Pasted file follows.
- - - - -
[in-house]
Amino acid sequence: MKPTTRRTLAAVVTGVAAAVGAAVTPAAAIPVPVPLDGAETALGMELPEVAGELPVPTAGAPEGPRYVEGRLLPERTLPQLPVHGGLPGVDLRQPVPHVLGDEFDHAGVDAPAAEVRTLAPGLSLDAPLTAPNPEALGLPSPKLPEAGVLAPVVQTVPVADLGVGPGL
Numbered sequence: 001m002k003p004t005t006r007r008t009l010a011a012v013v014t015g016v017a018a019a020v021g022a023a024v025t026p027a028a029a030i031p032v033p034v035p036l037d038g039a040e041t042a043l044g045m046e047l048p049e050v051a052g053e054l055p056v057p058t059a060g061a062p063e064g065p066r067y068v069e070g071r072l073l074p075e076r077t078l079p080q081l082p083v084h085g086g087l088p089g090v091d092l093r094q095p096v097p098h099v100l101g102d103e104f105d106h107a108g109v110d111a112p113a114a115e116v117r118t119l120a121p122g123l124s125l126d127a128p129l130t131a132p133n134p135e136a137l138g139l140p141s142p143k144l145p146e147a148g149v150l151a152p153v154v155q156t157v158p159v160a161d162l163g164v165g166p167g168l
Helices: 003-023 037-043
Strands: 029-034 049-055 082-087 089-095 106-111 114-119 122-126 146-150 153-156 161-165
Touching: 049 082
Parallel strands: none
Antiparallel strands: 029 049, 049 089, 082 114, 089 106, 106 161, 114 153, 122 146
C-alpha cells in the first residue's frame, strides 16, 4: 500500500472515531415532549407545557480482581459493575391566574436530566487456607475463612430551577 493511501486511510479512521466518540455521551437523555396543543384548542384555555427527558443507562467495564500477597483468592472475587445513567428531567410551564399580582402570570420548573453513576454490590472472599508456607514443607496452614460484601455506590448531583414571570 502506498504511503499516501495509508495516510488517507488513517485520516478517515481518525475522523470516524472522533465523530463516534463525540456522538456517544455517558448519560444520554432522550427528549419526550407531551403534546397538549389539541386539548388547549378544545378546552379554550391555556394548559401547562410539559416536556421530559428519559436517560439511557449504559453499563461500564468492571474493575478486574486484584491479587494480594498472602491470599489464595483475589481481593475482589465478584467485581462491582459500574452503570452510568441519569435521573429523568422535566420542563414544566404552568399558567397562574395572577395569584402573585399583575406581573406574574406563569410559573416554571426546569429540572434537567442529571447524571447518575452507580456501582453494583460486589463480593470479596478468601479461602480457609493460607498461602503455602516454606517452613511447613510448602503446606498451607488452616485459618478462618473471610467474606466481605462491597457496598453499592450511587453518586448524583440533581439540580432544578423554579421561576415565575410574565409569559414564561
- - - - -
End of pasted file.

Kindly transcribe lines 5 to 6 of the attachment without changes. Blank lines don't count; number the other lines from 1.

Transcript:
Strands: 029-034 049-055 082-087 089-095 106-111 114-119 122-126 146-150 153-156 161-165
Touching: 049 082